One of the main concerns shared by family offices across the region is succession planning. As there are many uncomfortable and uncertain factors linked to this due to the culture in the region, it can cause much stress to the family heads who have built an empire from the ground up.
Family businesses today were the startups of the 1900s. The entrepreneurs then who learnt tough lessons trying to maintain business continuity, will also apply to the current startups that endure the toughening economic climate.
The Gulf will see approximately $1 trillion of wealth be passed on to the next generation over the course of 7-8 years, according to The Family Business Council - Gulf (FBCG). So it is time for family businesses to get past the uncomfortable questions, ambiguous relations, and worrisome expectations to ensure their wealth does not mix with the earth after them.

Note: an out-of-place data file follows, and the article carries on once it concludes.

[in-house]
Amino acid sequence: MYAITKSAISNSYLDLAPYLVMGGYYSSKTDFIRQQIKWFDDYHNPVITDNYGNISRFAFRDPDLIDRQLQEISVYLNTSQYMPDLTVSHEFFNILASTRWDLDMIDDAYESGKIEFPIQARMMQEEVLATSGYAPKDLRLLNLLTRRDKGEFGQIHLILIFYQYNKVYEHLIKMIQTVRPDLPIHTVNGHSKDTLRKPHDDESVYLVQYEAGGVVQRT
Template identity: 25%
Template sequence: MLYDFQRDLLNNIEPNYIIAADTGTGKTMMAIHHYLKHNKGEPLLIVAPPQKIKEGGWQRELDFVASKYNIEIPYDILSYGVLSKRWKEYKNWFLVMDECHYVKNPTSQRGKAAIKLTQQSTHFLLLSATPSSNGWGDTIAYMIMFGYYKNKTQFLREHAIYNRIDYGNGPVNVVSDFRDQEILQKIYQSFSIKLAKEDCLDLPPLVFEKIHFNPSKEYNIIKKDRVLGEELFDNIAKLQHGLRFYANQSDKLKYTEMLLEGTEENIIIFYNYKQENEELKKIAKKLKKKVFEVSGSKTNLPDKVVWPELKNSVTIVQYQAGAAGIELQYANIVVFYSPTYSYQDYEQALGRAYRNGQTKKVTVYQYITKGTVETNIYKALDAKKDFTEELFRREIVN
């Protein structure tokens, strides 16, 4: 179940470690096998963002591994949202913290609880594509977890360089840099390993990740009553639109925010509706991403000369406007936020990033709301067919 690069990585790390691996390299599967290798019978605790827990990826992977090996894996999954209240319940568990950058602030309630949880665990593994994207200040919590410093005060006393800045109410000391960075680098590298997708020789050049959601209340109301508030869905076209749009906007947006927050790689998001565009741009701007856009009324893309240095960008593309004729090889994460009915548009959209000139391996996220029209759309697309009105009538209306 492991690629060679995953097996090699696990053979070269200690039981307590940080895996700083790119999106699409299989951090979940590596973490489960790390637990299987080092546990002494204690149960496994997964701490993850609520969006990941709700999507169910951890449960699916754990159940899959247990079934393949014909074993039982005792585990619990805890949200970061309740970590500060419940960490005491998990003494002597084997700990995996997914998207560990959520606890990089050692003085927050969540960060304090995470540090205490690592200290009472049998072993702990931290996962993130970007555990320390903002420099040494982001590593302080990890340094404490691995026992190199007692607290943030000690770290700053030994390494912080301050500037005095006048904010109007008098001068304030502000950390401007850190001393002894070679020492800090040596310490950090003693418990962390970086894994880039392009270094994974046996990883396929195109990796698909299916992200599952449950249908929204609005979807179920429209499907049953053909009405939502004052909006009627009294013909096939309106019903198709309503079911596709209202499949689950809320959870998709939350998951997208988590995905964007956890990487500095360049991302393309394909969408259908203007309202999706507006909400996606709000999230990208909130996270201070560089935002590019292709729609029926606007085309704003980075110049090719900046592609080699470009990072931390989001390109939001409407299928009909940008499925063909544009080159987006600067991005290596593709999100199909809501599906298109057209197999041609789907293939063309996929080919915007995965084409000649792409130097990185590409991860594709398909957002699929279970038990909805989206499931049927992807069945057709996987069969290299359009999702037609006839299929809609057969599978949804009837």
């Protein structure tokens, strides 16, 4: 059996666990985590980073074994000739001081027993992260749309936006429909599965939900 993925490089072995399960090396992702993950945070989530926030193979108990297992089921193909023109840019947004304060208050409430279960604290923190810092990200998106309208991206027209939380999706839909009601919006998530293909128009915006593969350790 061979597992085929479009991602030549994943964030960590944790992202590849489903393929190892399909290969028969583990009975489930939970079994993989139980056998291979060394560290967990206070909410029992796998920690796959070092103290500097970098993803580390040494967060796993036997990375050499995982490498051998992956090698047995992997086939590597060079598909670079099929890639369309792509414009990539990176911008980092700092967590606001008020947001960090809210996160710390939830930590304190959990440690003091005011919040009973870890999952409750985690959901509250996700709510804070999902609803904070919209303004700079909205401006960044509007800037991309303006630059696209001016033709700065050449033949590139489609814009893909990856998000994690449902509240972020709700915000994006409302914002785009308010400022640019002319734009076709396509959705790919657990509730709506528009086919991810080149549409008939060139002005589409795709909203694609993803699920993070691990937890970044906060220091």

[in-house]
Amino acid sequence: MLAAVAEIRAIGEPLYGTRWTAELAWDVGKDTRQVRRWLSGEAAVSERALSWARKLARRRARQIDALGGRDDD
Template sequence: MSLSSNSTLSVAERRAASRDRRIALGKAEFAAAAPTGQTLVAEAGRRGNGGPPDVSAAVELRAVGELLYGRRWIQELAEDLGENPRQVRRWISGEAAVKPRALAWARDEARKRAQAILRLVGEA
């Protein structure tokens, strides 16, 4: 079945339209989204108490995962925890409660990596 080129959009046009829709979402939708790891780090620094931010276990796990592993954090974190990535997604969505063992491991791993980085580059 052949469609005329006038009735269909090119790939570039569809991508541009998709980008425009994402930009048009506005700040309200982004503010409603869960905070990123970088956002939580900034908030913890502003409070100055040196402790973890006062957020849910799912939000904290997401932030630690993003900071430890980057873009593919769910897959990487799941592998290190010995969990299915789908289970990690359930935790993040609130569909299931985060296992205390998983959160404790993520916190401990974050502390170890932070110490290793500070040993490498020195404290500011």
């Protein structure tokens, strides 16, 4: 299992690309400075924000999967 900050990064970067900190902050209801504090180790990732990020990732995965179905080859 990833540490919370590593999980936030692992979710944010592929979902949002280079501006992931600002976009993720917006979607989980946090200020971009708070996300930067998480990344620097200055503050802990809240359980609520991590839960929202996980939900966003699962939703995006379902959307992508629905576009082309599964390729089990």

“Family members whom the founder didn’t think had the skills to take over the business can become owner-managers, which often ultimately leads to business failure,” says Fadi Hammadeh, author of Family Business Continuity in the Middle East & Muslim World: Betting Against the Odds.
He advises the separation of economic interest in the business from the legal ownership, much like the trust or foundation models used in the West. “You put the legal ownership of the business in a metaphorical safe so no one can touch it and distribute the economic benefits of the business – for example, company dividends – according to a pre-agreed formula.”
Succession planning is better done sooner rather than later. Get the younger generation involved and educated in the business. That’s the only way for them to understand the responsibility, know the business, gain confidence in leading and be passionate about growing the company.
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